Earth Planets Space, Vol. 63 (No. 7), pp. 687-692, 2011
Thorne Lay1, Charles J. Ammon2, Hiroo Kanamori3, Lian Xue1, and Marina J. Kim1
1University of California Santa Cruz, Santa Cruz, California 95064, USA
2The Pennsylvania State University, University Park, Pennsylvania 16802, USA
3California Institute of Technology, Pasadena, California 91125, USA
(Received April 7, 2011; Revised May 22, 2011; Accepted May 25, 2011; Online published September 27, 2011)
The 11 March 2011 off the Pacific coast of Tohoku (Mw 9.0) Earthquake ruptured a 200 km wide megathrust fault, with average displacements of ∼15-20 m. Early estimates of the co-seismic slip distribution using seismic, geodetic and tsunami observations vary significantly in the placement of slip, particularly in the vicinity of the trench. All methods have difficulty resolving the up-dip extent of rupture; onshore geodetic inversions have limited sensitivity to slip far offshore, seismic inversions have instabilities in seismic moment estimation as subfault segments get very shallow, and tsunami inversions average over the total region of ocean bottom uplift. Seismic wave estimates depend strongly on the velocity structure used in the model, which affects both seismic moment estimation and inferred mapping to slip. We explore these ideas using a least-squares inversion of teleseismic P-waves that yields surprisingly large fault displacements (up to ∼60 m) at shallow depth under a protrusion of the upper plate into the trench. This model provides good prediction of GPS static displacements on Honshu. We emphasize the importance of poorly-constrained rigidity variations with depth for estimating fault displacement near the trench. The possibility of large slip at very shallow depth holds implications for up-dip strain accumulation and tsunamigenic earthquake potential of megathrusts elsewhere.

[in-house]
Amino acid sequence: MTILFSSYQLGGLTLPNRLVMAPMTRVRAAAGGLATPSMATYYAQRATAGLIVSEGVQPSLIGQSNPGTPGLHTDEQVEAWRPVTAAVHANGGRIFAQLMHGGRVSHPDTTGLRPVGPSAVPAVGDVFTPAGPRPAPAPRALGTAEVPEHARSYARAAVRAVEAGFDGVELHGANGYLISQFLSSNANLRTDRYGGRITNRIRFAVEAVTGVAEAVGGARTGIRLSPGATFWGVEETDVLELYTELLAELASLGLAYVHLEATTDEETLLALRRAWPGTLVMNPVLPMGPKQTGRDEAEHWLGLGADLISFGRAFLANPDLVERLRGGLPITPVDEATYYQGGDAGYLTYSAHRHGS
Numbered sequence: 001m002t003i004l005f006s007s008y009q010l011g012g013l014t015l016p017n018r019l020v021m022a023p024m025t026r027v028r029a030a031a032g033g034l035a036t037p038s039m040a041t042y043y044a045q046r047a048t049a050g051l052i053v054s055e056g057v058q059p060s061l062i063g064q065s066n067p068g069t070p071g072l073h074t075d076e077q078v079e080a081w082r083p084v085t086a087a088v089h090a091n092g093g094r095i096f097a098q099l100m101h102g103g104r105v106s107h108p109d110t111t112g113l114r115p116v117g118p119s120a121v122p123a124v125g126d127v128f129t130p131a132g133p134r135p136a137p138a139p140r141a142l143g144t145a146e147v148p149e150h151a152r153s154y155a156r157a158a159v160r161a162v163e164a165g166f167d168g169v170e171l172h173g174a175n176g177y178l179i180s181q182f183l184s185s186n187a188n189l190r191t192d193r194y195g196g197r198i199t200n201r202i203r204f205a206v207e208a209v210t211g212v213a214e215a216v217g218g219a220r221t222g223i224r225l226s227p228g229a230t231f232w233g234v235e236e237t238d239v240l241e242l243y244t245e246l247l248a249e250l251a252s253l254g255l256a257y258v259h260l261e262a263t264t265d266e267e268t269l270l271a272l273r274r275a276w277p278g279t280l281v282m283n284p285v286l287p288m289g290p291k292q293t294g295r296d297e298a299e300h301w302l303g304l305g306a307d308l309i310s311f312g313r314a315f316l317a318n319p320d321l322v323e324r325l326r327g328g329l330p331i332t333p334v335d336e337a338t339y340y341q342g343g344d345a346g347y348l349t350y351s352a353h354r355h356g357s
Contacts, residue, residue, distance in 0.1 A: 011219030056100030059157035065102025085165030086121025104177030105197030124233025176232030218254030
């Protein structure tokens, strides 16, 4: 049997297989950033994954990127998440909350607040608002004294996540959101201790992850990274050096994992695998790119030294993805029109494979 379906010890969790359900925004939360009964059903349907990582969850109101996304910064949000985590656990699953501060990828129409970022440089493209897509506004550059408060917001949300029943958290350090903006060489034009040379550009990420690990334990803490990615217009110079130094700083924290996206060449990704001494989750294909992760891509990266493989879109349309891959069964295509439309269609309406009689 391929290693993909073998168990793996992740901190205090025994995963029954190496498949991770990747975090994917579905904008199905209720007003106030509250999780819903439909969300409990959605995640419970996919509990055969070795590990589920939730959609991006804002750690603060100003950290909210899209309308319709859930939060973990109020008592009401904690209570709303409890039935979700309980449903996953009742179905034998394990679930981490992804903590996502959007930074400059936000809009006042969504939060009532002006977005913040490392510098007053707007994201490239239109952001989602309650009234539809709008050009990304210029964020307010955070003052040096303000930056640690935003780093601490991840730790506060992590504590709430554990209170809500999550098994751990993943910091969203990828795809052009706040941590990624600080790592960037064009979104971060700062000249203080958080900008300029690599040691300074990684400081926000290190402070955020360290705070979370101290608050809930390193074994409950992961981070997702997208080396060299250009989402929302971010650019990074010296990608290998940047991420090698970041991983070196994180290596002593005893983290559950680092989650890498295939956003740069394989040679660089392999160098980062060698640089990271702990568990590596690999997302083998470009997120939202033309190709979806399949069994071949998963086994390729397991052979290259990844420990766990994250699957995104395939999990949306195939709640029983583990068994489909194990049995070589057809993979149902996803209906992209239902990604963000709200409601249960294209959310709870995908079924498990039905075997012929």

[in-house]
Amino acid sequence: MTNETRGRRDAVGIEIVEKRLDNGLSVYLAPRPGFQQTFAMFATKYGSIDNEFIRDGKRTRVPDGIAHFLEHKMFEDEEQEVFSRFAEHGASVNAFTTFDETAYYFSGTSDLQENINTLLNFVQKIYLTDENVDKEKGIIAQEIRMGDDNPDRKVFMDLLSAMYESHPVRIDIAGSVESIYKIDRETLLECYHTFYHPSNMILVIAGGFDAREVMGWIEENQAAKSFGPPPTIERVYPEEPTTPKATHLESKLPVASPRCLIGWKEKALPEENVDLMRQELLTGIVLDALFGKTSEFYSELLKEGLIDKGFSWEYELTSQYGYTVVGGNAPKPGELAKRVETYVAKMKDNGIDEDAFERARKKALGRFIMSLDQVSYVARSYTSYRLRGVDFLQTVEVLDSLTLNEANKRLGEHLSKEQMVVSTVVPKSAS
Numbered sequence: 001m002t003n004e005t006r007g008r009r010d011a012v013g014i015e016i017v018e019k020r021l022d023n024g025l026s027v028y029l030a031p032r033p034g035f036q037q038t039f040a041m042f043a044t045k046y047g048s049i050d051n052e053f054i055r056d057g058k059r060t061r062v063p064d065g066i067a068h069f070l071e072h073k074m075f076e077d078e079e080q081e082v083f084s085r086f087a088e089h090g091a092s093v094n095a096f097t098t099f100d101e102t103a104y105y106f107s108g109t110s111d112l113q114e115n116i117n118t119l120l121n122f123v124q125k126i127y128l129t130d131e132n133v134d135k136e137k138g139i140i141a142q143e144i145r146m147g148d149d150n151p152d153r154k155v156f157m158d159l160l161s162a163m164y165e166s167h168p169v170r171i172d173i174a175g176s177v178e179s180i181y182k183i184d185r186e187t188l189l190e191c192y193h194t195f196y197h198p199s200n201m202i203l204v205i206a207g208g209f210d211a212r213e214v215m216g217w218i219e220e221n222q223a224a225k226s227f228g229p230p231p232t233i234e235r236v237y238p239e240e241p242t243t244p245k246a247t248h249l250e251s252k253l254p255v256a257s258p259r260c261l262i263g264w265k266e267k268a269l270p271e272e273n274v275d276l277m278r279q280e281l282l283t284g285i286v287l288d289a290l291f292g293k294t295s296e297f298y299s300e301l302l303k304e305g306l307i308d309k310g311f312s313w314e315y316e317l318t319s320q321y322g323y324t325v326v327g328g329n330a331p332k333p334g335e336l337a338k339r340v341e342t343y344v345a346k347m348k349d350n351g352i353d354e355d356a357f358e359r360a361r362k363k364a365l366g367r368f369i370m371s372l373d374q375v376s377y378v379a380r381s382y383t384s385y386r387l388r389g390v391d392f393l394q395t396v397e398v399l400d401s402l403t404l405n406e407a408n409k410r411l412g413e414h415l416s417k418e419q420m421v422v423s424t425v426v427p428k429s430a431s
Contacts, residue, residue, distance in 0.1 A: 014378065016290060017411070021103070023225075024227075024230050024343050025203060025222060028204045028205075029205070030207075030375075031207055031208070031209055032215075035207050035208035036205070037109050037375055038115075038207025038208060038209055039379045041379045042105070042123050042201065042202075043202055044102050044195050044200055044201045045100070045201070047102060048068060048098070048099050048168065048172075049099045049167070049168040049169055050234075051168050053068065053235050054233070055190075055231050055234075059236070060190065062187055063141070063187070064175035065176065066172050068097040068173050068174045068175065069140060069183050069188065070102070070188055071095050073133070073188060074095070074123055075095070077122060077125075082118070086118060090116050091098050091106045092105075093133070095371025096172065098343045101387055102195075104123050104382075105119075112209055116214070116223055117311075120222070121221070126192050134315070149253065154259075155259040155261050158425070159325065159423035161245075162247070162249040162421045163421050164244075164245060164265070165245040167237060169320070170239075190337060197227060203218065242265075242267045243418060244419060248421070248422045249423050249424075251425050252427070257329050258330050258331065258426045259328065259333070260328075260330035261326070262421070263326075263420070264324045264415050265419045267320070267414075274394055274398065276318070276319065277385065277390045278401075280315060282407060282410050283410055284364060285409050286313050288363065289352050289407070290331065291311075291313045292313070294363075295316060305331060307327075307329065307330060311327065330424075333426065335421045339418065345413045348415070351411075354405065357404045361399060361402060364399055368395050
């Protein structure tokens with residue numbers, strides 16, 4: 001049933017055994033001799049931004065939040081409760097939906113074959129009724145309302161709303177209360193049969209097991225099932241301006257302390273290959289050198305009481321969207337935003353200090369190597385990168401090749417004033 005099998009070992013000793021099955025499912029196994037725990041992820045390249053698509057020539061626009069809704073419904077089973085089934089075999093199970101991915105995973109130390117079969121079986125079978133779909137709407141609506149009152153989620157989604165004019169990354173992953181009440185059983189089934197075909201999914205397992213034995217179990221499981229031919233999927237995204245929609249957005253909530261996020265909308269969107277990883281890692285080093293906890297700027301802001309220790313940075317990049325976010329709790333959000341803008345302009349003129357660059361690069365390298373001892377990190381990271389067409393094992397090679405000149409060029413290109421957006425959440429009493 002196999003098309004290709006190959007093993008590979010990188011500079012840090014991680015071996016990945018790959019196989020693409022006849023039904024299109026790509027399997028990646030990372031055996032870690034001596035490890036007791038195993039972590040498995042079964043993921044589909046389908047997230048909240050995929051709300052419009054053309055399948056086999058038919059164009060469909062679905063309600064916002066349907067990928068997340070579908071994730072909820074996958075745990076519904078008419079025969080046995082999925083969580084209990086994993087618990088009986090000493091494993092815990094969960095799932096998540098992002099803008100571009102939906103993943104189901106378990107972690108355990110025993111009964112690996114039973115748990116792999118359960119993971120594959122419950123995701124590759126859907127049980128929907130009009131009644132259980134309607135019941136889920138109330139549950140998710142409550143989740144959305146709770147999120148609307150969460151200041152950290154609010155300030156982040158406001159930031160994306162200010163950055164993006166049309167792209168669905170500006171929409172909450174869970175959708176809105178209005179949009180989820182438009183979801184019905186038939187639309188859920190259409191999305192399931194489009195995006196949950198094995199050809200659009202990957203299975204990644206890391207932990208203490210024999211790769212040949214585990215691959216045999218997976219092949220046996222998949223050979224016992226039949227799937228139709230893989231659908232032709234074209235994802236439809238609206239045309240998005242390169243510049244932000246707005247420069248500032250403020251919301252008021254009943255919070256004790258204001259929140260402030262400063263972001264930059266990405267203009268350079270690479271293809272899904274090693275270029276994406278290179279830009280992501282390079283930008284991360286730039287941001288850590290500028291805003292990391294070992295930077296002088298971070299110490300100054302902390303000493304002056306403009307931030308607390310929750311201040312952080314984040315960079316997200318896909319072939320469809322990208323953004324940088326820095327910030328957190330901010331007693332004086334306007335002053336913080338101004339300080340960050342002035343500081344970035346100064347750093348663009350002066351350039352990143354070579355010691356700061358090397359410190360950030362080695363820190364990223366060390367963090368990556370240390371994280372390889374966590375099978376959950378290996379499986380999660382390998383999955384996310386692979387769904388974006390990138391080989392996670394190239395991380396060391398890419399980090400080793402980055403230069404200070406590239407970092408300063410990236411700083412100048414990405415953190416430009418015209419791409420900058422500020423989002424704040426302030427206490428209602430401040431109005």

Key words: 2011 Tohoku Earthquake, megathrust faults, subduction zones, earthquake rupture process, tsunami earthquakes.